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10.01.2008 0

North American Parliament?

  • On: 10/09/2008 17:17:56
  • In: Globalization

  • For the past 6 years, the North American Forum on Integration (NAFI) has hosted a mock North American Parliament, or Triumvirate, in which college students are encouraged to “simulate a parliamentary meeting between North American political actors.” While the concept of hosting a conference for a fictional legislature may seem innocuous in and of itself, the intentions of the decidedly globalist sponsors are far less than subtle.

    On its website, NAFI explicitly states:

    “On a general basis, the objectives of NAFI are:

    • “Making the academic world, the public and decision-makers aware of the challenges posed by integration between the three NAFTA countries;
    • “Identifying the elements of the North American agenda which would allow the consolidation and reinforcement of the North American region;
    • “Favouring the creation of North American networks to set the basis for a trilateral dialogue.”

    Additionally, a number of the leaders heavily involved in the mock parliament project have made surprisingly revealing remarks radically supportive of integrating the US, Canada, and Mexico. So much for national sovereignty.

    As can be seen, the inherent problem with this “Triumvarate” is that it openly encourages the support of collectivism among the youth. Clearly, the intention is to convince the youthful leaders to support consolidation—be it on the issues of health care, education, or other social services—and then take the message home to their peers.

    Should the Triumverate succeed in its goal, the already thin line of sovereignty will have been breached. And, American taxpayers will have even less control over how their hard-earned tax dollars are spent, or even whether or not their values are upheld, once the goal of “harmonizing” the three countries into one collectivistic, “mutually-beneficial” utopia is realized.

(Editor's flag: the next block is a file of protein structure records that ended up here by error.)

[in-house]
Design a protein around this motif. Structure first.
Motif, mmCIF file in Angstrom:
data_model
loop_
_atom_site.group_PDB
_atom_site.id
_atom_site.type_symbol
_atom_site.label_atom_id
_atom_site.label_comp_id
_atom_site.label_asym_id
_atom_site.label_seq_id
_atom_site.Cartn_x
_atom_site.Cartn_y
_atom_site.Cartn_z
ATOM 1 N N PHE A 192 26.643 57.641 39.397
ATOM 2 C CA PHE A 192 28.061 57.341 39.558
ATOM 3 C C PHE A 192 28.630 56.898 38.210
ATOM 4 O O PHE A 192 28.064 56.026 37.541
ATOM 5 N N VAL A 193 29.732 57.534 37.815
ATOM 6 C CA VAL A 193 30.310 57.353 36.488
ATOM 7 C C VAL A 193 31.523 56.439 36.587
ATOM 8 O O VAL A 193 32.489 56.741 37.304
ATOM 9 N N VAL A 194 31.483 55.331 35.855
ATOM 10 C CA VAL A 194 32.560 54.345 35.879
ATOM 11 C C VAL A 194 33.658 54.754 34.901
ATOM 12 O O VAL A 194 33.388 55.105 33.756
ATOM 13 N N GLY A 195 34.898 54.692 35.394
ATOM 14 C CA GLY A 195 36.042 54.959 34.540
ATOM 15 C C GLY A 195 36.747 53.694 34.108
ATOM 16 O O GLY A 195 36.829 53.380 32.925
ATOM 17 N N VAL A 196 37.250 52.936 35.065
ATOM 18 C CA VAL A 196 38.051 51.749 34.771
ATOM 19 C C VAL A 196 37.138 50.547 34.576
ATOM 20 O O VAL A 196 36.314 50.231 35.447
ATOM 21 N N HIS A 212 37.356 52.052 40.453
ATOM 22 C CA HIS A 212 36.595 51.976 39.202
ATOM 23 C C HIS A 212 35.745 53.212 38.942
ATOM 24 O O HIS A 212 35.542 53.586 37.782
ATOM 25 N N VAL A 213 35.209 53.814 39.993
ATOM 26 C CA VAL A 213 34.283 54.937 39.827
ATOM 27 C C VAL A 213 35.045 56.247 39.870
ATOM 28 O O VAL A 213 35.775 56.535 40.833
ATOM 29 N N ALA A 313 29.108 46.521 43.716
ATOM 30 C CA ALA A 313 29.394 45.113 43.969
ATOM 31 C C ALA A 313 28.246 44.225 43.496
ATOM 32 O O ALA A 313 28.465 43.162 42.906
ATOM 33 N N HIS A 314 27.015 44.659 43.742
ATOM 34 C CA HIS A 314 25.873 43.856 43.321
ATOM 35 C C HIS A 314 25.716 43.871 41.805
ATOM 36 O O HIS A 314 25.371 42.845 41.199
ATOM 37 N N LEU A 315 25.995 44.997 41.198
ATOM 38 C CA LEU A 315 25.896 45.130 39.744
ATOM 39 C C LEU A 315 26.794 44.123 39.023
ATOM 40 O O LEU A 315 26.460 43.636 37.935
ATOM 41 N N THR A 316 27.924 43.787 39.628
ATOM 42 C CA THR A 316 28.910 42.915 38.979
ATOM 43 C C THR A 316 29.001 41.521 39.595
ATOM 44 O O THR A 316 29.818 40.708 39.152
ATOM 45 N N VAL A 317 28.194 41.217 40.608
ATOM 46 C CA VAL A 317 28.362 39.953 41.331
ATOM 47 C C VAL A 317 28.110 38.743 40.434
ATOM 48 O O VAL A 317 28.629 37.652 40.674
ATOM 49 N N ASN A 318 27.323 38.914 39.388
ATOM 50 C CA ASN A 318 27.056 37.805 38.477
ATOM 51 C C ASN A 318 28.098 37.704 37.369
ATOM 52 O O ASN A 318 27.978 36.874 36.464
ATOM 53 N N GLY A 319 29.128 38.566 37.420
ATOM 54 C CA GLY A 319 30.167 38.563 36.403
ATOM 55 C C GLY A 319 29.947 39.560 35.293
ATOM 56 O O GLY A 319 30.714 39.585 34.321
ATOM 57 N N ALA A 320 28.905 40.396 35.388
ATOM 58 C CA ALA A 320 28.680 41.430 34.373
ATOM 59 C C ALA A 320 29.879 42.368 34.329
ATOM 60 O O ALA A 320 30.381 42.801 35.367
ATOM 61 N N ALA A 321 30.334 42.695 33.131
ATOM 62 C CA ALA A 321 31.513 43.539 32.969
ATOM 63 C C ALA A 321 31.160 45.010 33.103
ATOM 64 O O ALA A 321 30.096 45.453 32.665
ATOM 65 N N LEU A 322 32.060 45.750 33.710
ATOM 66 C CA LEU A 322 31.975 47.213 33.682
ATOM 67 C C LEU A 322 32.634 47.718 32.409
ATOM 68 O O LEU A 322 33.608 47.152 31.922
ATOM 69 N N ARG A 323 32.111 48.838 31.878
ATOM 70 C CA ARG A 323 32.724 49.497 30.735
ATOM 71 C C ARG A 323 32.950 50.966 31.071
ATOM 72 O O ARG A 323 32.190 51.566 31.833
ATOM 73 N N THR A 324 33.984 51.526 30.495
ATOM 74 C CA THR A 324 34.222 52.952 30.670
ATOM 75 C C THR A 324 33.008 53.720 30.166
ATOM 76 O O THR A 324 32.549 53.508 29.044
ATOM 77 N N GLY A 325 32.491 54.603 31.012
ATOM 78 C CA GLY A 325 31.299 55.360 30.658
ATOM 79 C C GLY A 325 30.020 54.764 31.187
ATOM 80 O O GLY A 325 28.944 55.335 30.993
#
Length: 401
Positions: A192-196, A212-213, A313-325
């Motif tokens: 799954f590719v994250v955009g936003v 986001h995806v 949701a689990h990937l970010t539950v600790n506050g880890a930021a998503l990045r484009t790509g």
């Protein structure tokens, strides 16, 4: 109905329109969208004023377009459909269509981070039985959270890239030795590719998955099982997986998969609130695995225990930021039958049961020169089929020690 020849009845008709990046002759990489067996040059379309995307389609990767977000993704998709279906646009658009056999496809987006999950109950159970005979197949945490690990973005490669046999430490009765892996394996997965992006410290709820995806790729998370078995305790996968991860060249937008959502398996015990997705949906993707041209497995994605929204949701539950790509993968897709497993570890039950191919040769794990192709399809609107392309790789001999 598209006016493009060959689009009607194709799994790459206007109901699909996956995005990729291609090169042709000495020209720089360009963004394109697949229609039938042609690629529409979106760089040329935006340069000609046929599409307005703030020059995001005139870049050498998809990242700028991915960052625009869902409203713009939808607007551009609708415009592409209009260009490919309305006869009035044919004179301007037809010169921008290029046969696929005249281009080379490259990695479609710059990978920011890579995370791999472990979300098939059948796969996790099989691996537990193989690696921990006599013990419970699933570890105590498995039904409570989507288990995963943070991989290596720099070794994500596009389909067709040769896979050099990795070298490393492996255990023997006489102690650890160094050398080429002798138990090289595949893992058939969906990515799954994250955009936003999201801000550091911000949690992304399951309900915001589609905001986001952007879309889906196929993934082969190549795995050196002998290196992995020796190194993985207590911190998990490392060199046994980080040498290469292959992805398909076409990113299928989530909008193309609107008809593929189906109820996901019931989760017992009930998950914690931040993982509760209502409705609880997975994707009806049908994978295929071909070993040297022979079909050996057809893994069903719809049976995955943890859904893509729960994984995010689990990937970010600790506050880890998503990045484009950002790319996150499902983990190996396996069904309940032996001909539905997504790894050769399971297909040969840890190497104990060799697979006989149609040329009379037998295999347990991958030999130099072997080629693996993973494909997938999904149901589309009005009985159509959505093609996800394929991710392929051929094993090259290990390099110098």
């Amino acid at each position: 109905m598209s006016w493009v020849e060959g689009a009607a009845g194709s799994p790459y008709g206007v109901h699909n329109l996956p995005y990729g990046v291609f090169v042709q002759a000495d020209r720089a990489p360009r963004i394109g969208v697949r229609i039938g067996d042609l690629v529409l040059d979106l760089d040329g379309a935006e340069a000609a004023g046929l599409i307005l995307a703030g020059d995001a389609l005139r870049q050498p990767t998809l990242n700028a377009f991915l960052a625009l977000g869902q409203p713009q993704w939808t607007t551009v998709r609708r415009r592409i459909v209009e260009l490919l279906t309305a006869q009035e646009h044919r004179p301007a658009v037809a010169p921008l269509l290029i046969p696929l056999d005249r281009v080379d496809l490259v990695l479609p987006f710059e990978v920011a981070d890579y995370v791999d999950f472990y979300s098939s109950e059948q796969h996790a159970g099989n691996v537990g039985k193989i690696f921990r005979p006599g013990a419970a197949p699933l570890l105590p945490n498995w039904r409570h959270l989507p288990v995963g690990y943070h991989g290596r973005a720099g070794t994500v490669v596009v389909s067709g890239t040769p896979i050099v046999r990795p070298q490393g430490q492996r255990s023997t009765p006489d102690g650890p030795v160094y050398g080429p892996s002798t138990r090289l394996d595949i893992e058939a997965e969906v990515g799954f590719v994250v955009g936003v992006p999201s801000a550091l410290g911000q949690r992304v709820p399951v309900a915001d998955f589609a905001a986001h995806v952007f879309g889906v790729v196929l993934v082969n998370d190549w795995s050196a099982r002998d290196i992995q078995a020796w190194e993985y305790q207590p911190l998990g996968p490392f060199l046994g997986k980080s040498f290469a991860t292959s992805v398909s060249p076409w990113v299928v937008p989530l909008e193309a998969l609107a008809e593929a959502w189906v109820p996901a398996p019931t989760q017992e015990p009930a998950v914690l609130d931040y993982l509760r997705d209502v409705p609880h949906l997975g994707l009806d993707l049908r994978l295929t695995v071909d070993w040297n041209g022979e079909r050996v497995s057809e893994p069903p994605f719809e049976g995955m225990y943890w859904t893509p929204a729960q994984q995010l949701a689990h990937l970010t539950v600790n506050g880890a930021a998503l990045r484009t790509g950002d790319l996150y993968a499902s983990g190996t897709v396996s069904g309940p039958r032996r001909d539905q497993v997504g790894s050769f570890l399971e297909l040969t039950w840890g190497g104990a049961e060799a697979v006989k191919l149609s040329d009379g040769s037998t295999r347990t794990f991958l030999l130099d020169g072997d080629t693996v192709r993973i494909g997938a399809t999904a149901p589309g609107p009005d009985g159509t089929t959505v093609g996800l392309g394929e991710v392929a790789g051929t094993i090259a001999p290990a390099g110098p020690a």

Sadly, this is not the only case of globalization indoctrination slipping into the “education” realm. In 2006, Harvard Law School announced that it would be requiring first-year students to take courses in international law. The law school stated:

    From the beginning of law school, students should learn to locate what they are learning about public and private law in the United States within the context of a larger universe – global networks of economic regulation and private ordering, public systems created through multilateral relations among states, and different and widely varying legal cultures and systems.

    The most disturbing aspect of this development is the fact that courts could cite international law – as the Supreme Court now has on more than one occasion – instead of strictly relying on US constitutional law as a framework for legal decisions. The citizens could essentially lose all governmental power, as the non-elected courts turn into one-world tribunals, picking and choosing which sections of broad, socialist international law to apply as they strike down the laws passed in the elected legislatures in the United States. At that point, all traces of US sovereignty will have evaporated.

    The slow academic push for globalization appears to already be making inroads, as shown by a 2004 poll in which 68% of Americans stated that globalization – resulting in “new ideas” and “positive influences” – has had a constructive impact upon the country.

    And, if that and the Triumverate’s indoctrination continues, we can all look forward to being mindless automations barely subsisting in the United States of Canico.

    ALG Perspective: A pipeline rupture is much easier to spot than a steady drip. But left over the long haul, the drip can be just as damaging.

    The slow advance of collectivism should raise concerns among patriotic citizens, as those who spend our money will become one more level removed from us, the American taxpayer. Grassroots change in government will become much more difficult to implement, while government regulation will become much easier to generate. With courts relying on international law when handing down decisions, elected officials themselves will have far less power than before, as will the citizens who elected them.

    If our nation loses its sovereignty, it will not be because of black helicopters and secret conspiracies; it will happen right in front of us, in our college campuses, and community centers.

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